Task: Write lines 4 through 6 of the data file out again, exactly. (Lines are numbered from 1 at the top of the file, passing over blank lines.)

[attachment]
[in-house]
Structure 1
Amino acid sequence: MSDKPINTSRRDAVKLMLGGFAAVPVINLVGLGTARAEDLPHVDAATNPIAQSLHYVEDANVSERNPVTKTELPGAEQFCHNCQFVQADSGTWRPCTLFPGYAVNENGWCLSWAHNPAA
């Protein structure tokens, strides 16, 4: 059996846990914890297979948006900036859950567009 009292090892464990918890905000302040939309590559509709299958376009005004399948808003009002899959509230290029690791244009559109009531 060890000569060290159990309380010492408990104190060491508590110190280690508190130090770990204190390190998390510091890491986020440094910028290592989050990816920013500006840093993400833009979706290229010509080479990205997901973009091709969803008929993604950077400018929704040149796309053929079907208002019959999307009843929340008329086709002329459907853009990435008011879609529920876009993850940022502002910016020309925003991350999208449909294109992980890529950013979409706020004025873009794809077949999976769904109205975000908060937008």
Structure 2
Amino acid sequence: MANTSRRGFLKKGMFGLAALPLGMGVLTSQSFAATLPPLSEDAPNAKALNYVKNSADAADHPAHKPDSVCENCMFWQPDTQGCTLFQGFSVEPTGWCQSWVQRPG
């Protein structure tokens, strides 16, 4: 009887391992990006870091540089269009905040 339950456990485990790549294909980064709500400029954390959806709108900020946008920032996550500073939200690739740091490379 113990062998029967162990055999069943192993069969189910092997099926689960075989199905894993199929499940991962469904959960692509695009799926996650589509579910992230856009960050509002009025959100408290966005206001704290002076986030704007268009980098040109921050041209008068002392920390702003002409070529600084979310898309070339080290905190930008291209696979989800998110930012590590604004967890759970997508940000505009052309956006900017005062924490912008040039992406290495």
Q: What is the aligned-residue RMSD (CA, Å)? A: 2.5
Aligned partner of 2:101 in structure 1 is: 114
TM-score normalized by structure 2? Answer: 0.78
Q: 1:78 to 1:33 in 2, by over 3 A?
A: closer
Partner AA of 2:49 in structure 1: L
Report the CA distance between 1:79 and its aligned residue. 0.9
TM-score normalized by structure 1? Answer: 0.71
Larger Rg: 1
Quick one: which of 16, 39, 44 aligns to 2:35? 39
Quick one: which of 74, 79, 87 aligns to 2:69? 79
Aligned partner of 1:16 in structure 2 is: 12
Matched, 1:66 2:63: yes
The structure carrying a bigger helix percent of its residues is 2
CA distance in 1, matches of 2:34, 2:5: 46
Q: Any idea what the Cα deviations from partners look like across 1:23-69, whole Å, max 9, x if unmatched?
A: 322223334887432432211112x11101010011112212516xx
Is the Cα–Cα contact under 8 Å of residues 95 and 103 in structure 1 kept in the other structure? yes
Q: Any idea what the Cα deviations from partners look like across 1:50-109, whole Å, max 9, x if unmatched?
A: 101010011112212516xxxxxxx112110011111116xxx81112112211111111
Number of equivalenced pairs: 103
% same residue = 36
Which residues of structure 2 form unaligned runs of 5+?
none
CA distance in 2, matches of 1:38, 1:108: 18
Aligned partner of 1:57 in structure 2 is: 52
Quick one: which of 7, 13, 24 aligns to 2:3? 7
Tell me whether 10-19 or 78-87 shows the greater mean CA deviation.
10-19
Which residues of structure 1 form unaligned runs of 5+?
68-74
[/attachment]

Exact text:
């Protein structure tokens, strides 16, 4: 059996846990914890297979948006900036859950567009 009292090892464990918890905000302040939309590559509709299958376009005004399948808003009002899959509230290029690791244009559109009531 060890000569060290159990309380010492408990104190060491508590110190280690508190130090770990204190390190998390510091890491986020440094910028290592989050990816920013500006840093993400833009979706290229010509080479990205997901973009091709969803008929993604950077400018929704040149796309053929079907208002019959999307009843929340008329086709002329459907853009990435008011879609529920876009993850940022502002910016020309925003991350999208449909294109992980890529950013979409706020004025873009794809077949999976769904109205975000908060937008």
Structure 2
Amino acid sequence: MANTSRRGFLKKGMFGLAALPLGMGVLTSQSFAATLPPLSEDAPNAKALNYVKNSADAADHPAHKPDSVCENCMFWQPDTQGCTLFQGFSVEPTGWCQSWVQRPG